Researchers Examine Response to Atezolizumab in Urothelial Cancer Patients

Immune and genetic biomarkers predict response rates

New data on genetic predictors of response to atezolizumab, as assessed in the phase 2 multinational IMvigor trial, were presented at a June 5, 2016, session of the American Society of Clinical Oncology (ASCO) Annual Meeting in Chicago. In the study, researchers found that locally advanced and metastatic urothelial cancer patients who responded to atezolizumab were more likely to have several independent predictors of response, according to co-author Petros Grivas, MD, PhD, a medical oncologist in the Department of Hematology and Medical Oncology at Cleveland Clinic Taussig Cancer Institute.

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Advancing personalized medicine

The positive phase 2 IMvigor trial results were crucial to the recent FDA approval of atezolizumab (in May) for locally advanced and metastatic urothelial cancer patients. Translational studies — such as the results presented at ASCO — can help to advance the understanding of differences in patient response.

“This abstract focuses on those biomarkers that might aid in better patient selection for atezolizumab treatment in the future,” says Dr. Grivas. “Eventually this data on the several biomarkers of response, if validated, could be used to develop predictive models that can help aid physicians in selecting the right patients for these treatments.”

A significant response rate

The phase 2 IMvigor trial results showed a significant objective response rate (26 percent) to atezolizumab among patients who expressed high levels of the target protein PD-L1 in immune-infiltrating cells. This response rate compared favorably to the objective response rate of approximately 10 percent among those who expressed lower levels of PD-L1, according to the study’s publication in The Lancet.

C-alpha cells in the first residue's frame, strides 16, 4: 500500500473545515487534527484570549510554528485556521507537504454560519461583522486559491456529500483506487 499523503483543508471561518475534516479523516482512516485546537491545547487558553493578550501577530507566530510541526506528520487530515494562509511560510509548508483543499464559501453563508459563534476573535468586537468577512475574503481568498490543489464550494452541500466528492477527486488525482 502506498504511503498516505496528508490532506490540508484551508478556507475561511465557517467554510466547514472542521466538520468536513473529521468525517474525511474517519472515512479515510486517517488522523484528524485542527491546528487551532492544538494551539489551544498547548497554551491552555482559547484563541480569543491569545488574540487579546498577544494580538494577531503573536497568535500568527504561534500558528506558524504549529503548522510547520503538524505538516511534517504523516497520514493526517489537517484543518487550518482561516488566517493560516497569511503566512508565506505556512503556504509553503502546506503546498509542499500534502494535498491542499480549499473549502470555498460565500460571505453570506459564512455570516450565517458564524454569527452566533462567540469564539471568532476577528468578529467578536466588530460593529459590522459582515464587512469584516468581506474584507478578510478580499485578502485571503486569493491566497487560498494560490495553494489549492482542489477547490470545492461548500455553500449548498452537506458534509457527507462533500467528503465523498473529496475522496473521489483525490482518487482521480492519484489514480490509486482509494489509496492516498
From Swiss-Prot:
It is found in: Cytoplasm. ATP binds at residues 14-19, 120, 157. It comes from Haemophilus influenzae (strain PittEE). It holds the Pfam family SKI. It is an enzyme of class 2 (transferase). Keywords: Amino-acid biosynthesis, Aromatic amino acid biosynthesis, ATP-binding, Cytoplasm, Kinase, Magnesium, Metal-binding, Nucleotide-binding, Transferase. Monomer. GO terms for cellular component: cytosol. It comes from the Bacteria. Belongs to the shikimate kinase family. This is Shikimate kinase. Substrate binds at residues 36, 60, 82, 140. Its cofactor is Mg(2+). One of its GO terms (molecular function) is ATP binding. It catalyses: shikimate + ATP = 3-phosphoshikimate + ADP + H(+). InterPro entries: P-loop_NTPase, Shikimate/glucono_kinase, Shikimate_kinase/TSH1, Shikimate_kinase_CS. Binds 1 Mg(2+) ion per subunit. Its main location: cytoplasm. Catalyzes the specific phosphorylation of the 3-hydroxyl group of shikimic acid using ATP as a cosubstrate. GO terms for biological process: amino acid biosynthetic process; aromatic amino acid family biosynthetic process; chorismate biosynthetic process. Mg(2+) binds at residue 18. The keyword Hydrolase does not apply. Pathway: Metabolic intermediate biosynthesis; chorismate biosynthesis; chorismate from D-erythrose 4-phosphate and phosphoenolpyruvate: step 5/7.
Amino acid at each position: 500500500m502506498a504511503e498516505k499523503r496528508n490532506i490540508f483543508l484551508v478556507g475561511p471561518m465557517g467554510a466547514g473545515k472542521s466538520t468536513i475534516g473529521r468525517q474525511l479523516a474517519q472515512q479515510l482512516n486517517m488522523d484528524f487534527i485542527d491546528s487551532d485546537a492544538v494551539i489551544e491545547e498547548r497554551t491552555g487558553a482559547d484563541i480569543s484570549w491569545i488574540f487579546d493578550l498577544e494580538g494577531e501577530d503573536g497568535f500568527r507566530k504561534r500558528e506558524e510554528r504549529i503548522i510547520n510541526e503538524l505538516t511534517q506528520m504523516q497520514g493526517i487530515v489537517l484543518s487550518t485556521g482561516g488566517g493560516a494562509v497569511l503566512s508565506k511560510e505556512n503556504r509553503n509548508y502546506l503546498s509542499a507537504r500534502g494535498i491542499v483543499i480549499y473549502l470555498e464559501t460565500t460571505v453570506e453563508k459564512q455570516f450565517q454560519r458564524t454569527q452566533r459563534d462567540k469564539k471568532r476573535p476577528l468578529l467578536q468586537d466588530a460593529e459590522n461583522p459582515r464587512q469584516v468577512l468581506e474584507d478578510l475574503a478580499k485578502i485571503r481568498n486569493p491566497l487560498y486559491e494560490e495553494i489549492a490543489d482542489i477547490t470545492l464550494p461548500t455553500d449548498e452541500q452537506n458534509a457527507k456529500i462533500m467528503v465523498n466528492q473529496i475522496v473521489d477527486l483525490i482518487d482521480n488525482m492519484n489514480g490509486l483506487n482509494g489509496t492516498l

“These response rates are also very favorable compared to historical controls (with typical response rates of approximately 10 percent). The medication also was well tolerated overall and had a favorable toxicity profile, especially when compared to cytotoxic chemotherapy,” says Dr. Grivas, who was one of the investigators in the phase 2 IMvigor trial, conducted at 70 centers in Europe and North America. He also has provided paid consulting with Genentech.

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The role of PD-L1 expression

Biomarkers of clinical benefit for immunotherapies need to be further systematically evaluated in urothelial cancer patients treated with immune checkpoint inhibitors, according to Dr. Grivas and fellow researchers. In exploratory analyses of tumor samples from a cohort of the IMvigor trial, the researchers found that PD-L1 expression, the molecular subtype and the mutational load in the patients’ tumors were all associated with response.

Specifically, higher level of PD-L1 expression in the membrane of immune infiltrating cells correlated with higher response rates compared to lower expression among urothelial cancer patients treated with atezolizumab.

Immune response genes

Response to atezolizumab was more marked among those with higher CD8+ T effector gene expression levels, especially higher expression of CXCL9 (p=.0057) and CXCL10 (p=.0079), in their tumors.

“Higher expression of CD8+ T effector genes in the tumor microenvironment might indicate a pre-existing immune response,” Dr. Grivas says. “The CD8+ cells could have already infiltrated the tumor with the goal of killing cancer cells.”

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Subclassification of urothelial cancer based on mRNA expression

In the study, Cancer Genome Atlas molecular subtype also correlated with response. Responses occurred in all subtypes, but objective response rates were significantly higher in luminal II samples (34 percent, p=.0017).

Mutational load as a possible indicator of neoantigen formation

Mutational load in the patients’ tumors was also significantly increased in responders, who had a median mutational load of 12.4/Mb vs. non-responders (6.4/Mb; p<0.0001). Higher mutational load also correlated with improved progression-free survival (p=0.003) and overall survival (p=0.014).

“The higher mutational load was associated with improved response to atezolizumab and may be indicative of neoantigen formation,” Dr. Grivas says. “As a result, the immune system can be activated to a greater extent, and response rate and survival can be improved.”